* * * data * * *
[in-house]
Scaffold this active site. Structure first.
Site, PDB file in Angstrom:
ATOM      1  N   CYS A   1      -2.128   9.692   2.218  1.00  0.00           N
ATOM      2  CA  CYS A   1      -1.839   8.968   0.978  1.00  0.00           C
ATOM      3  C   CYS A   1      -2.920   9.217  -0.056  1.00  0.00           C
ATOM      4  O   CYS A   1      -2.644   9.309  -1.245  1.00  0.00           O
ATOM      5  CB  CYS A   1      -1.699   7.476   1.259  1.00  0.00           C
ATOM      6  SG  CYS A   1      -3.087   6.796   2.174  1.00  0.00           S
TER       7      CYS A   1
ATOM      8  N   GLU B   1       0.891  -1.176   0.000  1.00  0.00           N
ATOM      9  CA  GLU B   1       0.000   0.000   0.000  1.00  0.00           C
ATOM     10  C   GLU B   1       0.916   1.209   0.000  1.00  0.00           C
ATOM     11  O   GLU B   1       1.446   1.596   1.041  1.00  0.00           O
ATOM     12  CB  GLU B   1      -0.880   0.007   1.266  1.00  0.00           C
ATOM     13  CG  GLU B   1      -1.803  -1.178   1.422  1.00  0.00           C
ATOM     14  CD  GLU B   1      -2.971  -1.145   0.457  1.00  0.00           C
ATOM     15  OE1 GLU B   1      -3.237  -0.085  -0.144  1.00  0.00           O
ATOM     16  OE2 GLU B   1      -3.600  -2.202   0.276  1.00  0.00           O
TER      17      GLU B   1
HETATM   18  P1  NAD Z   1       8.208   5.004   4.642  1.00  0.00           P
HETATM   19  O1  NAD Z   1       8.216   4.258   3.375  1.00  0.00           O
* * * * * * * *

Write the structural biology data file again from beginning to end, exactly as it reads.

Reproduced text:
[in-house]
Scaffold this active site. Structure first.
Site, PDB file in Angstrom:
ATOM      1  N   CYS A   1      -2.128   9.692   2.218  1.00  0.00           N
ATOM      2  CA  CYS A   1      -1.839   8.968   0.978  1.00  0.00           C
ATOM      3  C   CYS A   1      -2.920   9.217  -0.056  1.00  0.00           C
ATOM      4  O   CYS A   1      -2.644   9.309  -1.245  1.00  0.00           O
ATOM      5  CB  CYS A   1      -1.699   7.476   1.259  1.00  0.00           C
ATOM      6  SG  CYS A   1      -3.087   6.796   2.174  1.00  0.00           S
TER       7      CYS A   1
ATOM      8  N   GLU B   1       0.891  -1.176   0.000  1.00  0.00           N
ATOM      9  CA  GLU B   1       0.000   0.000   0.000  1.00  0.00           C
ATOM     10  C   GLU B   1       0.916   1.209   0.000  1.00  0.00           C
ATOM     11  O   GLU B   1       1.446   1.596   1.041  1.00  0.00           O
ATOM     12  CB  GLU B   1      -0.880   0.007   1.266  1.00  0.00           C
ATOM     13  CG  GLU B   1      -1.803  -1.178   1.422  1.00  0.00           C
ATOM     14  CD  GLU B   1      -2.971  -1.145   0.457  1.00  0.00           C
ATOM     15  OE1 GLU B   1      -3.237  -0.085  -0.144  1.00  0.00           O
ATOM     16  OE2 GLU B   1      -3.600  -2.202   0.276  1.00  0.00           O
TER      17      GLU B   1
HETATM   18  P1  NAD Z   1       8.208   5.004   4.642  1.00  0.00           P
HETATM   19  O1  NAD Z   1       8.216   4.258   3.375  1.00  0.00           O